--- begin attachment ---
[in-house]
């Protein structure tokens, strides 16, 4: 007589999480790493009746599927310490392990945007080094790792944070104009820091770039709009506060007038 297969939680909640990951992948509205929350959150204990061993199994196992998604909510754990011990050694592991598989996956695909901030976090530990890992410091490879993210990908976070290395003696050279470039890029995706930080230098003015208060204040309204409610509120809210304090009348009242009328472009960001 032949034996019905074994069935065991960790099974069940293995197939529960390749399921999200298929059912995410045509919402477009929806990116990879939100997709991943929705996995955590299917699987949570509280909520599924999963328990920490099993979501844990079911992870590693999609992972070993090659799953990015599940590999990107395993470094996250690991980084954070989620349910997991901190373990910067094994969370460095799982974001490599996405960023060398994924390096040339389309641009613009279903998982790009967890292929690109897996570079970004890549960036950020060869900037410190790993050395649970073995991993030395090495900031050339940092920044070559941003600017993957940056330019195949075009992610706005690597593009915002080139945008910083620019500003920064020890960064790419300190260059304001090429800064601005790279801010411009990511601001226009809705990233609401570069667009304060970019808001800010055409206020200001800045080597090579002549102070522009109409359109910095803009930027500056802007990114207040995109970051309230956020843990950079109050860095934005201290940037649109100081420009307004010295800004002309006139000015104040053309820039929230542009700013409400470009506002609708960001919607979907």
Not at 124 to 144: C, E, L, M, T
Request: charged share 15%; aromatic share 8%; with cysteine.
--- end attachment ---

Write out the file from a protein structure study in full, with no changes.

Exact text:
[in-house]
């Protein structure tokens, strides 16, 4: 007589999480790493009746599927310490392990945007080094790792944070104009820091770039709009506060007038 297969939680909640990951992948509205929350959150204990061993199994196992998604909510754990011990050694592991598989996956695909901030976090530990890992410091490879993210990908976070290395003696050279470039890029995706930080230098003015208060204040309204409610509120809210304090009348009242009328472009960001 032949034996019905074994069935065991960790099974069940293995197939529960390749399921999200298929059912995410045509919402477009929806990116990879939100997709991943929705996995955590299917699987949570509280909520599924999963328990920490099993979501844990079911992870590693999609992972070993090659799953990015599940590999990107395993470094996250690991980084954070989620349910997991901190373990910067094994969370460095799982974001490599996405960023060398994924390096040339389309641009613009279903998982790009967890292929690109897996570079970004890549960036950020060869900037410190790993050395649970073995991993030395090495900031050339940092920044070559941003600017993957940056330019195949075009992610706005690597593009915002080139945008910083620019500003920064020890960064790419300190260059304001090429800064601005790279801010411009990511601001226009809705990233609401570069667009304060970019808001800010055409206020200001800045080597090579002549102070522009109409359109910095803009930027500056802007990114207040995109970051309230956020843990950079109050860095934005201290940037649109100081420009307004010295800004002309006139000015104040053309820039929230542009700013409400470009506002609708960001919607979907």
Not at 124 to 144: C, E, L, M, T
Request: charged share 15%; aromatic share 8%; with cysteine.